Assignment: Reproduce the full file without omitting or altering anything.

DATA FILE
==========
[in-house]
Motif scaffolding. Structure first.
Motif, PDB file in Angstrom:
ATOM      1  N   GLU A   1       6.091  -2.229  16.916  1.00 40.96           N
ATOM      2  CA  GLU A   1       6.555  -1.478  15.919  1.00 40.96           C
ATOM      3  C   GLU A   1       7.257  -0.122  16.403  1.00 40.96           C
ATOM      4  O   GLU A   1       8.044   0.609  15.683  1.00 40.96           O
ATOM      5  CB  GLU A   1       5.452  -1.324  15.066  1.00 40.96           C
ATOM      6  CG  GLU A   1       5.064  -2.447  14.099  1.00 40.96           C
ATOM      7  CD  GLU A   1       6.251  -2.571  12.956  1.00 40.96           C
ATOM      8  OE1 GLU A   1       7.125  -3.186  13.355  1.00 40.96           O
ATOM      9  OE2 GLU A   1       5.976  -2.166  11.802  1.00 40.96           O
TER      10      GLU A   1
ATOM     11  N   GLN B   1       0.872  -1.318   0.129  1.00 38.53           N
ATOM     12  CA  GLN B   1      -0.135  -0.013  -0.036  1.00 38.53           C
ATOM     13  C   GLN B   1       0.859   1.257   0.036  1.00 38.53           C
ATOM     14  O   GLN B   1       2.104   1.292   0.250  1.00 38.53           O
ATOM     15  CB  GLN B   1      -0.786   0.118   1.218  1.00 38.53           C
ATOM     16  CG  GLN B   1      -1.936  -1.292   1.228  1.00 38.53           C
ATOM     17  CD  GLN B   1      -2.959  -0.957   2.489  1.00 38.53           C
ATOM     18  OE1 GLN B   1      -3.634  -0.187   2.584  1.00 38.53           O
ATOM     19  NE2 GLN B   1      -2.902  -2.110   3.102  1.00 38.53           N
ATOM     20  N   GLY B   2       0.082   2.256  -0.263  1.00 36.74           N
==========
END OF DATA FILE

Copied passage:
[in-house]
Motif scaffolding. Structure first.
Motif, PDB file in Angstrom:
ATOM      1  N   GLU A   1       6.091  -2.229  16.916  1.00 40.96           N
ATOM      2  CA  GLU A   1       6.555  -1.478  15.919  1.00 40.96           C
ATOM      3  C   GLU A   1       7.257  -0.122  16.403  1.00 40.96           C
ATOM      4  O   GLU A   1       8.044   0.609  15.683  1.00 40.96           O
ATOM      5  CB  GLU A   1       5.452  -1.324  15.066  1.00 40.96           C
ATOM      6  CG  GLU A   1       5.064  -2.447  14.099  1.00 40.96           C
ATOM      7  CD  GLU A   1       6.251  -2.571  12.956  1.00 40.96           C
ATOM      8  OE1 GLU A   1       7.125  -3.186  13.355  1.00 40.96           O
ATOM      9  OE2 GLU A   1       5.976  -2.166  11.802  1.00 40.96           O
TER      10      GLU A   1
ATOM     11  N   GLN B   1       0.872  -1.318   0.129  1.00 38.53           N
ATOM     12  CA  GLN B   1      -0.135  -0.013  -0.036  1.00 38.53           C
ATOM     13  C   GLN B   1       0.859   1.257   0.036  1.00 38.53           C
ATOM     14  O   GLN B   1       2.104   1.292   0.250  1.00 38.53           O
ATOM     15  CB  GLN B   1      -0.786   0.118   1.218  1.00 38.53           C
ATOM     16  CG  GLN B   1      -1.936  -1.292   1.228  1.00 38.53           C
ATOM     17  CD  GLN B   1      -2.959  -0.957   2.489  1.00 38.53           C
ATOM     18  OE1 GLN B   1      -3.634  -0.187   2.584  1.00 38.53           O
ATOM     19  NE2 GLN B   1      -2.902  -2.110   3.102  1.00 38.53           N
ATOM     20  N   GLY B   2       0.082   2.256  -0.263  1.00 36.74           N